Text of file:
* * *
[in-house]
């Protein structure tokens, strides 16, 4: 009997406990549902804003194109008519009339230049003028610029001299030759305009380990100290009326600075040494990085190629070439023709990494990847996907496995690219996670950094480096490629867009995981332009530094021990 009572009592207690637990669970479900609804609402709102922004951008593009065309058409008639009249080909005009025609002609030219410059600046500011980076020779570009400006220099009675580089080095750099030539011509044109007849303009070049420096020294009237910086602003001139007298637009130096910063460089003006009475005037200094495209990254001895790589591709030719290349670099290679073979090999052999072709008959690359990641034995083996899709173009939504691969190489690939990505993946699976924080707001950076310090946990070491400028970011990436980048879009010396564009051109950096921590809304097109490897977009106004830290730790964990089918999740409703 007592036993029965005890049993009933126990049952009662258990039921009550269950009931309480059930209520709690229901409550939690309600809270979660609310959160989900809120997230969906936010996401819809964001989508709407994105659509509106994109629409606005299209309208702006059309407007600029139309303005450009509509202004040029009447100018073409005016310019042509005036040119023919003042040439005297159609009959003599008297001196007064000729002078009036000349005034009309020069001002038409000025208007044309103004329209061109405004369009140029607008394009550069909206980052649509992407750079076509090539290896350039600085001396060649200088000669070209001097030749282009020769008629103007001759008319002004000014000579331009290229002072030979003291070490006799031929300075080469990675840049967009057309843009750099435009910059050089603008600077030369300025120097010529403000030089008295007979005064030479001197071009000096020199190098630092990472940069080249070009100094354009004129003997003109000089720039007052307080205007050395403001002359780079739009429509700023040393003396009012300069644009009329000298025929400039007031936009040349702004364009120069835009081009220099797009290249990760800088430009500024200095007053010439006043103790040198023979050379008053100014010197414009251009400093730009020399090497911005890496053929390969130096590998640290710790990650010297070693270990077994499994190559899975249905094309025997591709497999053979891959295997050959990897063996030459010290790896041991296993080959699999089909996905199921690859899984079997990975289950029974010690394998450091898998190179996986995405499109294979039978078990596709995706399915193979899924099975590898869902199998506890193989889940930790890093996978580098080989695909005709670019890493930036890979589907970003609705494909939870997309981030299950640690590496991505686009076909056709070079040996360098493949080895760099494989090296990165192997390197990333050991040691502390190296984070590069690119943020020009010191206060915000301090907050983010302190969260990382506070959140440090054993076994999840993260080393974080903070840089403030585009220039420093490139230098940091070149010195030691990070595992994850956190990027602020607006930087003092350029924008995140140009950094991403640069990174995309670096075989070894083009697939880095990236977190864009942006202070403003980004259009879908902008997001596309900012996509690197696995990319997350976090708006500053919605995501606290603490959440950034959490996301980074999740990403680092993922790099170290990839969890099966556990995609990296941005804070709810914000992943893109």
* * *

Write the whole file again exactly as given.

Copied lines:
[in-house]
């Protein structure tokens, strides 16, 4: 009997406990549902804003194109008519009339230049003028610029001299030759305009380990100290009326600075040494990085190629070439023709990494990847996907496995690219996670950094480096490629867009995981332009530094021990 009572009592207690637990669970479900609804609402709102922004951008593009065309058409008639009249080909005009025609002609030219410059600046500011980076020779570009400006220099009675580089080095750099030539011509044109007849303009070049420096020294009237910086602003001139007298637009130096910063460089003006009475005037200094495209990254001895790589591709030719290349670099290679073979090999052999072709008959690359990641034995083996899709173009939504691969190489690939990505993946699976924080707001950076310090946990070491400028970011990436980048879009010396564009051109950096921590809304097109490897977009106004830290730790964990089918999740409703 007592036993029965005890049993009933126990049952009662258990039921009550269950009931309480059930209520709690229901409550939690309600809270979660609310959160989900809120997230969906936010996401819809964001989508709407994105659509509106994109629409606005299209309208702006059309407007600029139309303005450009509509202004040029009447100018073409005016310019042509005036040119023919003042040439005297159609009959003599008297001196007064000729002078009036000349005034009309020069001002038409000025208007044309103004329209061109405004369009140029607008394009550069909206980052649509992407750079076509090539290896350039600085001396060649200088000669070209001097030749282009020769008629103007001759008319002004000014000579331009290229002072030979003291070490006799031929300075080469990675840049967009057309843009750099435009910059050089603008600077030369300025120097010529403000030089008295007979005064030479001197071009000096020199190098630092990472940069080249070009100094354009004129003997003109000089720039007052307080205007050395403001002359780079739009429509700023040393003396009012300069644009009329000298025929400039007031936009040349702004364009120069835009081009220099797009290249990760800088430009500024200095007053010439006043103790040198023979050379008053100014010197414009251009400093730009020399090497911005890496053929390969130096590998640290710790990650010297070693270990077994499994190559899975249905094309025997591709497999053979891959295997050959990897063996030459010290790896041991296993080959699999089909996905199921690859899984079997990975289950029974010690394998450091898998190179996986995405499109294979039978078990596709995706399915193979899924099975590898869902199998506890193989889940930790890093996978580098080989695909005709670019890493930036890979589907970003609705494909939870997309981030299950640690590496991505686009076909056709070079040996360098493949080895760099494989090296990165192997390197990333050991040691502390190296984070590069690119943020020009010191206060915000301090907050983010302190969260990382506070959140440090054993076994999840993260080393974080903070840089403030585009220039420093490139230098940091070149010195030691990070595992994850956190990027602020607006930087003092350029924008995140140009950094991403640069990174995309670096075989070894083009697939880095990236977190864009942006202070403003980004259009879908902008997001596309900012996509690197696995990319997350976090708006500053919605995501606290603490959440950034959490996301980074999740990403680092993922790099170290990839969890099966556990995609990296941005804070709810914000992943893109």